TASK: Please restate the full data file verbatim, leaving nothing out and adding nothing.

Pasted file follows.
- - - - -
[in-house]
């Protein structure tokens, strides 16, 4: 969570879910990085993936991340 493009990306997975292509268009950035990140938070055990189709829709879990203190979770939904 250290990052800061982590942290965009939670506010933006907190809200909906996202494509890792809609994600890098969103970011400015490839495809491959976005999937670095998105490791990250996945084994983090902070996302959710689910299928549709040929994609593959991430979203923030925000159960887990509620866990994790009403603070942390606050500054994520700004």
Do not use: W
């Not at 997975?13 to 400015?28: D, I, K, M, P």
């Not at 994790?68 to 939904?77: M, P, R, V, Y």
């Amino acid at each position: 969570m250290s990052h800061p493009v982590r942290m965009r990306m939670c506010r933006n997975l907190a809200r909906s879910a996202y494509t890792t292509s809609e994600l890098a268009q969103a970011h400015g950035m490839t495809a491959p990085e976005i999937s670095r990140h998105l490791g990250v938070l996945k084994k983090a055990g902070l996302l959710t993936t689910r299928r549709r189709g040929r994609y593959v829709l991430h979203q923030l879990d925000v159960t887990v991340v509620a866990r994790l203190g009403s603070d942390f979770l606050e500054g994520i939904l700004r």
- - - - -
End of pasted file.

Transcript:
[in-house]
């Protein structure tokens, strides 16, 4: 969570879910990085993936991340 493009990306997975292509268009950035990140938070055990189709829709879990203190979770939904 250290990052800061982590942290965009939670506010933006907190809200909906996202494509890792809609994600890098969103970011400015490839495809491959976005999937670095998105490791990250996945084994983090902070996302959710689910299928549709040929994609593959991430979203923030925000159960887990509620866990994790009403603070942390606050500054994520700004």
Do not use: W
């Not at 997975?13 to 400015?28: D, I, K, M, P």
């Not at 994790?68 to 939904?77: M, P, R, V, Y």
């Amino acid at each position: 969570m250290s990052h800061p493009v982590r942290m965009r990306m939670c506010r933006n997975l907190a809200r909906s879910a996202y494509t890792t292509s809609e994600l890098a268009q969103a970011h400015g950035m490839t495809a491959p990085e976005i999937s670095r990140h998105l490791g990250v938070l996945k084994k983090a055990g902070l996302l959710t993936t689910r299928r549709r189709g040929r994609y593959v829709l991430h979203q923030l879990d925000v159960t887990v991340v509620a866990r994790l203190g009403s603070d942390f979770l606050e500054g994520i939904l700004r």